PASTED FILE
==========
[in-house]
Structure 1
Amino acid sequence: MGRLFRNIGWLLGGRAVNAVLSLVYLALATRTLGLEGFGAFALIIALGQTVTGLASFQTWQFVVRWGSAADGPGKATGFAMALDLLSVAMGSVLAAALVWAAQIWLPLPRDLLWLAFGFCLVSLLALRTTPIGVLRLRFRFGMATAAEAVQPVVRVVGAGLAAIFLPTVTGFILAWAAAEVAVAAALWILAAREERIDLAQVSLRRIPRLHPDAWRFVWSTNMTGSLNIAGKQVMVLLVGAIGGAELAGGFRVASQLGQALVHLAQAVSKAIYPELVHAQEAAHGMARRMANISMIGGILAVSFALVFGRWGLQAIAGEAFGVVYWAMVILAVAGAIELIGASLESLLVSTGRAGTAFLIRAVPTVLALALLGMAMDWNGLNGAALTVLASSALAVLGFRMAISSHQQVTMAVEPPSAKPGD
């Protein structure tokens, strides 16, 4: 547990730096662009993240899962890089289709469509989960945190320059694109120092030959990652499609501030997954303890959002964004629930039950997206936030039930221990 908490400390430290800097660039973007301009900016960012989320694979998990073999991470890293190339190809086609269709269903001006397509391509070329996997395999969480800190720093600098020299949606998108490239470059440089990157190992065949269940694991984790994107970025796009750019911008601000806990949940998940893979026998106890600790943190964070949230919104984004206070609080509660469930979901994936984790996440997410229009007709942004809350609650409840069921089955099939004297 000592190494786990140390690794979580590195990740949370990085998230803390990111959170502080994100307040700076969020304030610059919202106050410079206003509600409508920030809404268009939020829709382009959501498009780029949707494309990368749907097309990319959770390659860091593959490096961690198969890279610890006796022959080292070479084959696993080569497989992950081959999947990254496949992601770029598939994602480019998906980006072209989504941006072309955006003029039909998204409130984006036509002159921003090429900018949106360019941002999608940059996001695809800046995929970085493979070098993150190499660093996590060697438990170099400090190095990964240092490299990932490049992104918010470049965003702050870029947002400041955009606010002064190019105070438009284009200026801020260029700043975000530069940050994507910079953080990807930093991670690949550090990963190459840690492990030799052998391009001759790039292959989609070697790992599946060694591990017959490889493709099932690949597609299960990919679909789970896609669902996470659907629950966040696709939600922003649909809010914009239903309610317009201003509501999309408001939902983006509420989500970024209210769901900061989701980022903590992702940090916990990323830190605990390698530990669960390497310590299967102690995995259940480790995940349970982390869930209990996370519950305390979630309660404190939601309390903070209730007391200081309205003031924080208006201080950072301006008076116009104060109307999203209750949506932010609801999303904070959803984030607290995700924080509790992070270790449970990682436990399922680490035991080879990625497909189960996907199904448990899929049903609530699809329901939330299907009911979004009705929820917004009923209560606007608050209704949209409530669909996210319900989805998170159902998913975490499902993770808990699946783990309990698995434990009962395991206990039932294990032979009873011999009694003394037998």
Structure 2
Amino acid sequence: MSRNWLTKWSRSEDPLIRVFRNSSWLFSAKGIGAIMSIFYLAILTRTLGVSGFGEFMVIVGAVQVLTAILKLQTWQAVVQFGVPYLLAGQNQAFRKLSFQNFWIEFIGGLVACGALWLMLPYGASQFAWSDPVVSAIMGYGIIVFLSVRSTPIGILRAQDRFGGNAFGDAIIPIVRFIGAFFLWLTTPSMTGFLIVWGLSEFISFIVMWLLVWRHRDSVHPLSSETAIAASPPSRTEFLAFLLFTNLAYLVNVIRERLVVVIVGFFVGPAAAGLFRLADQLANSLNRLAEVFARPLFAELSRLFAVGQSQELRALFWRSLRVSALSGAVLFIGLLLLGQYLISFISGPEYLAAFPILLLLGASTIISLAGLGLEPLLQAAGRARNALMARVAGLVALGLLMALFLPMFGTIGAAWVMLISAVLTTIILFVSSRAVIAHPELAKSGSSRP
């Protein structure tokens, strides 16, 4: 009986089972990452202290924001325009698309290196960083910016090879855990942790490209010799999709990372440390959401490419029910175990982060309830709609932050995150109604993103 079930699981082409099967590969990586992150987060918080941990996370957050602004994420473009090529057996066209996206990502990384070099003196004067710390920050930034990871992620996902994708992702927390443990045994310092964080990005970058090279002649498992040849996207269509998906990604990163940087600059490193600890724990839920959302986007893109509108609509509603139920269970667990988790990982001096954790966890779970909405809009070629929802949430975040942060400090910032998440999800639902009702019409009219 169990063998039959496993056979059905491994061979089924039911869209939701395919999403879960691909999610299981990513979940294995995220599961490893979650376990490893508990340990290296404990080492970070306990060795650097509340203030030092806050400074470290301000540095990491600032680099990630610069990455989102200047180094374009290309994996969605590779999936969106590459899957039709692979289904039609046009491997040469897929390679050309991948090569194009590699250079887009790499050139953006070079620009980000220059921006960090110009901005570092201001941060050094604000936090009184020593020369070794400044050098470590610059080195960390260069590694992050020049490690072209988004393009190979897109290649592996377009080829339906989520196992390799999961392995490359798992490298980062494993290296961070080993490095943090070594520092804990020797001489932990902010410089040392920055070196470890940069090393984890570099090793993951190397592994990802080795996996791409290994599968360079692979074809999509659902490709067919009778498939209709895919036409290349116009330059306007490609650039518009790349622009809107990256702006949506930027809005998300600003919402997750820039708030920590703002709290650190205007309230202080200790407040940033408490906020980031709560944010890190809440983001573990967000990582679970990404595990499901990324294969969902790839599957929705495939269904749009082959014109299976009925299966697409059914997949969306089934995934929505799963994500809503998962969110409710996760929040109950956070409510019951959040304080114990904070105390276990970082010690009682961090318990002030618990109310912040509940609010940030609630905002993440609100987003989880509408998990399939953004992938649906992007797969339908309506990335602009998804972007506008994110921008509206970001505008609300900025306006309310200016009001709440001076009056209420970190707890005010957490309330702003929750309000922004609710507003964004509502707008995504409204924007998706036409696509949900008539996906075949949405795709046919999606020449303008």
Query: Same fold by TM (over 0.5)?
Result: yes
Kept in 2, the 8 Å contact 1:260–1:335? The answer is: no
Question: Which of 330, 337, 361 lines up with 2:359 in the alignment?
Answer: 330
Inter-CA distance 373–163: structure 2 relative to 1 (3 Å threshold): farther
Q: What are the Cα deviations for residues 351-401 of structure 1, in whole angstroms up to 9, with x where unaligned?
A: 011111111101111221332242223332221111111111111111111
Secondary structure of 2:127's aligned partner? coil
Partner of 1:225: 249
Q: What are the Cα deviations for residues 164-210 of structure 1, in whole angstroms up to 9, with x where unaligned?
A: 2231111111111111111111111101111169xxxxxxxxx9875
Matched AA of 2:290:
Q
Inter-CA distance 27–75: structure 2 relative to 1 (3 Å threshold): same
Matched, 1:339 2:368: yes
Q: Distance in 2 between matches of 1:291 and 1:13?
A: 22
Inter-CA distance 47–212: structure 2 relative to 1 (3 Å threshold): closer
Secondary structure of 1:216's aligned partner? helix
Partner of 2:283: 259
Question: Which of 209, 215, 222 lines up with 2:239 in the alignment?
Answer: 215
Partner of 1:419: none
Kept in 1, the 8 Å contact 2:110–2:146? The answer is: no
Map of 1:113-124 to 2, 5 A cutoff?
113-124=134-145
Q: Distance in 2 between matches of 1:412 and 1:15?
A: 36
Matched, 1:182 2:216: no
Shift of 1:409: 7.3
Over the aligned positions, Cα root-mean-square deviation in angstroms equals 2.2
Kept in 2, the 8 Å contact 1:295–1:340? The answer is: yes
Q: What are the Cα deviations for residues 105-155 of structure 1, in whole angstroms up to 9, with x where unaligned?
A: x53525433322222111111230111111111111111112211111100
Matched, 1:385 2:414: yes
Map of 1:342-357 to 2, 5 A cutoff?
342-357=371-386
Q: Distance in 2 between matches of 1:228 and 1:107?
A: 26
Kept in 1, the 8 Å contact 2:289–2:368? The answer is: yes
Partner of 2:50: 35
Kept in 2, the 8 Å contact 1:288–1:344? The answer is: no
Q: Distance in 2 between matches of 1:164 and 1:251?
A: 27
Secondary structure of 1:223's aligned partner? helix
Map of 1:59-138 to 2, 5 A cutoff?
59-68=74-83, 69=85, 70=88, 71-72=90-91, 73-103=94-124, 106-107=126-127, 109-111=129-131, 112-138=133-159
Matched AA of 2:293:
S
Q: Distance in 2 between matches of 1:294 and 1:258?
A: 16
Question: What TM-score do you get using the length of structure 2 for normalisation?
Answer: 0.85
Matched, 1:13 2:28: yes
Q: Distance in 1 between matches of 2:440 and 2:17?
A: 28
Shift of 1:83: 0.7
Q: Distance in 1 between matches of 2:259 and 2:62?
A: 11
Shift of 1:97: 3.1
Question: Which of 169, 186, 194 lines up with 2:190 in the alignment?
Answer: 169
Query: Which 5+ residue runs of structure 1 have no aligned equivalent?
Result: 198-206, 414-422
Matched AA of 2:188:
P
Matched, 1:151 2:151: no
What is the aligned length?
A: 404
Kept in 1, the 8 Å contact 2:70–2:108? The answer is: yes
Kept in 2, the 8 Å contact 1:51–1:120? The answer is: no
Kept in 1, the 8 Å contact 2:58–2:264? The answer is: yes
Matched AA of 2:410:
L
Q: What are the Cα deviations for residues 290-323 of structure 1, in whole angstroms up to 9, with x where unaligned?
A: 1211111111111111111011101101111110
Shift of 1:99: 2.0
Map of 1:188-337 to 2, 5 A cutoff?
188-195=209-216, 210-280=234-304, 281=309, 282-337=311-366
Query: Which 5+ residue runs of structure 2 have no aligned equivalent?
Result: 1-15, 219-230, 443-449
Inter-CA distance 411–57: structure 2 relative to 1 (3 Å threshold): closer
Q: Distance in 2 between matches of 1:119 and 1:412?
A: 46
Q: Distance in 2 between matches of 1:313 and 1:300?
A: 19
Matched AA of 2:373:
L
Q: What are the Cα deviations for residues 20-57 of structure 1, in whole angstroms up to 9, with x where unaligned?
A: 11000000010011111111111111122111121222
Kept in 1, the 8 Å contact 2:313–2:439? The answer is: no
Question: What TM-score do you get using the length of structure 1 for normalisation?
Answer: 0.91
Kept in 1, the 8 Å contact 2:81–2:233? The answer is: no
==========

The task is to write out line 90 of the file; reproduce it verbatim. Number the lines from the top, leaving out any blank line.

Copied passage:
Inter-CA distance 411–57: structure 2 relative to 1 (3 Å threshold): closer